It’s not just the Oakland A’s engaging in stupid press release wars this week: Last night, Miami Heat owner Micky Arison sent out an email announcing an agreement with Miami-Dade Mayor Carlos Gimenez on a new lease for his team — only to have Gimenez retort an hour later that he’d agreed to no such thing.
The terms of Arison’s proposed lease deal are still pretty much the same as when he first proposed it back in January: The team would stay put for an additional ten years (from 2029 until 2039) in exchange for annual operating subsidies — i.e., the county paying the Heat to play there. (The subsidies would actually start at $12 million and rise over time to $17 million, which is slightly less than had been previously reported, meaning the total present value would be a little over $50 million, not the $66 million I’d previously estimated.) The Heat would also ditch its profit-sharing agreement that never actually generates any profit for the county and instead pay a yearly rent starting at $500,000 and rising over time to $1.5 million; that’s potentially a small value for the county, though since the county would also be giving up other things (like the chance at a share of future naming-rights revenues), it could end up being a wash or worse.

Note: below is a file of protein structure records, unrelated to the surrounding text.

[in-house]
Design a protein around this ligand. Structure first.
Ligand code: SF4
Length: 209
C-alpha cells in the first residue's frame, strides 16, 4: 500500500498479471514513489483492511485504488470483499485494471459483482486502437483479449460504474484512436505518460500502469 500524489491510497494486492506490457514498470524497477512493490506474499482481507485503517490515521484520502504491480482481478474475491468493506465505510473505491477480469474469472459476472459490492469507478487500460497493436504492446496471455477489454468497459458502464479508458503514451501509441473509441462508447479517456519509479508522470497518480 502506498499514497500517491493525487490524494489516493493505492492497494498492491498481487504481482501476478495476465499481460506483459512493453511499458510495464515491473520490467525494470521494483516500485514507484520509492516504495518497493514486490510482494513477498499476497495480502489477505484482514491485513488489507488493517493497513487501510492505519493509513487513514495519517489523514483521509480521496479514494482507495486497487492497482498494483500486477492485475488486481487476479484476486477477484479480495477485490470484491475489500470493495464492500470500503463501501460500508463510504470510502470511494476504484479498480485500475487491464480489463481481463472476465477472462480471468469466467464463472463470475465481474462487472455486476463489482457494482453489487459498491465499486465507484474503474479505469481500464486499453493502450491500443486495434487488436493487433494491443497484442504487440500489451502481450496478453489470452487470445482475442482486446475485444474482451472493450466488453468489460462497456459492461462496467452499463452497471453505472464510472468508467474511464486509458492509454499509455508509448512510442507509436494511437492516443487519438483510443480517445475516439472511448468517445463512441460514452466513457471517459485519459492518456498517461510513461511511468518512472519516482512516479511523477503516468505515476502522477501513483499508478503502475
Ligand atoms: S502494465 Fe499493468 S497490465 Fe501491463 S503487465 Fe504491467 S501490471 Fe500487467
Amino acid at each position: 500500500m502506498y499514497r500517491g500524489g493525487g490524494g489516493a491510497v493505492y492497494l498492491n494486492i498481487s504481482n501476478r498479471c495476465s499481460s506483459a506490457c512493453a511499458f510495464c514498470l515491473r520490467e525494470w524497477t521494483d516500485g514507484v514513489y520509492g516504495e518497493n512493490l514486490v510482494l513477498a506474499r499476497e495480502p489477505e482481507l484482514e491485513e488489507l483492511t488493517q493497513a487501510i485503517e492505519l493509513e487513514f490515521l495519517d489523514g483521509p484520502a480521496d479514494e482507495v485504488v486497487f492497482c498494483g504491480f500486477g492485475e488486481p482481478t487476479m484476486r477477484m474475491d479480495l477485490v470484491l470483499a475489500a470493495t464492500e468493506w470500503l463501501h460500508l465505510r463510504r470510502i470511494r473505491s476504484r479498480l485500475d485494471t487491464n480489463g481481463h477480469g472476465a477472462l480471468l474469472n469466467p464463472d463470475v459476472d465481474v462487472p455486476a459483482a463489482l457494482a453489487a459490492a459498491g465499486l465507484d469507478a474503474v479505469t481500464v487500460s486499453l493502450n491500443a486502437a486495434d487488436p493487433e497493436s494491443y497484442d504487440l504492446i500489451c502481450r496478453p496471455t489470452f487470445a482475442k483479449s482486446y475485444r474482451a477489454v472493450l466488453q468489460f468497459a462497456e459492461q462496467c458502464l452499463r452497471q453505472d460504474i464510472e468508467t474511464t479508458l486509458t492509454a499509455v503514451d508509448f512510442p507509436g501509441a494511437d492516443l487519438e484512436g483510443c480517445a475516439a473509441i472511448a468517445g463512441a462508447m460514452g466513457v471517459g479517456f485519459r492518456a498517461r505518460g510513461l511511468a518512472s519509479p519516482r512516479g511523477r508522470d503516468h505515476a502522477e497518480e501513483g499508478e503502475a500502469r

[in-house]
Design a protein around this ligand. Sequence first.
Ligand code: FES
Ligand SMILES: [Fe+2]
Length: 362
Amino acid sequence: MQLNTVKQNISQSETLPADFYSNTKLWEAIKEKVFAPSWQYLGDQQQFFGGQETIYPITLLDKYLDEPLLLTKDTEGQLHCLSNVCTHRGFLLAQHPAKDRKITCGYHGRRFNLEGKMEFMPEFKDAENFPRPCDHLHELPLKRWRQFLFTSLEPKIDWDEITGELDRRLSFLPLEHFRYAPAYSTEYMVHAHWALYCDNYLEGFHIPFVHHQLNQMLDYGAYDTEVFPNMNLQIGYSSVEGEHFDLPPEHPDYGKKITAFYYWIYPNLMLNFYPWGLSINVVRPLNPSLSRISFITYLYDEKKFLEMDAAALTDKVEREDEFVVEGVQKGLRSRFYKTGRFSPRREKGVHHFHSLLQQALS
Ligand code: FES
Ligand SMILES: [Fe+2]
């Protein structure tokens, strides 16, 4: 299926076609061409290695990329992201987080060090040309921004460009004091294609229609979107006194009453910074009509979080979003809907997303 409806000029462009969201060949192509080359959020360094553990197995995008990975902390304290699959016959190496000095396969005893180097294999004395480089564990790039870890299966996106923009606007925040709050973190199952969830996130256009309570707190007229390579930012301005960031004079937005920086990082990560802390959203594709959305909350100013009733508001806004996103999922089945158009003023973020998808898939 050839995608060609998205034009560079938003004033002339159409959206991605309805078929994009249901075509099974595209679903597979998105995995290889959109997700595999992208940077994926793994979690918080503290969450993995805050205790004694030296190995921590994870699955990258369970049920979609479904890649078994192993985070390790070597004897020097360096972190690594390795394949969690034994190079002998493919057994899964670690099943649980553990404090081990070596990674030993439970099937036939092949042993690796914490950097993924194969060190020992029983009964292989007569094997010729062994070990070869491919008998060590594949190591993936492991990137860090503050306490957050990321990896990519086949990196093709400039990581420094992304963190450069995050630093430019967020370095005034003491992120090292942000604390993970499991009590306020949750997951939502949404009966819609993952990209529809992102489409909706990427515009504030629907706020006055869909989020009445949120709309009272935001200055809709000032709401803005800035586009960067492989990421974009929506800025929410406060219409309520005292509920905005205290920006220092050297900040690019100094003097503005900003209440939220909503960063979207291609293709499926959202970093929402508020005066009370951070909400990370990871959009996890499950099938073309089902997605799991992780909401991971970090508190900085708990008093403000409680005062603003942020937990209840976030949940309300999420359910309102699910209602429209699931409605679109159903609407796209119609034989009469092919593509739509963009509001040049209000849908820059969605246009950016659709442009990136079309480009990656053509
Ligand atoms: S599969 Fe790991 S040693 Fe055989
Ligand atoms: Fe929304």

Miami-Dade commissioner Juan Zapata called the proposed deal “horrible” and said he’d “never seen anything so ridiculous”; that seems a bit over the top, given that Miami would effectively be paying the Heat $5 million a year (in 2014 dollars) to promise to stay put for another ten years, and there are certainly worse lease subsidies out there. It still doesn’t make it a good deal — the Heat don’t have a viable threat to leave town right now, though it’s always possible things will have changed by 2029, especially if Miami is a post-apocalyptic hellscape by then — but it’s only ridiculous in, you know, a routine kind of way.
Anyway, from the sound of things Gimenez is only complaining about the scale of the subsidies he’s being asked to provide to the Heat, not the principle of the thing, so expect this to be worked out eventually. Whether the county commission goes along with it will be another story, but in Florida those things can usually be worked out.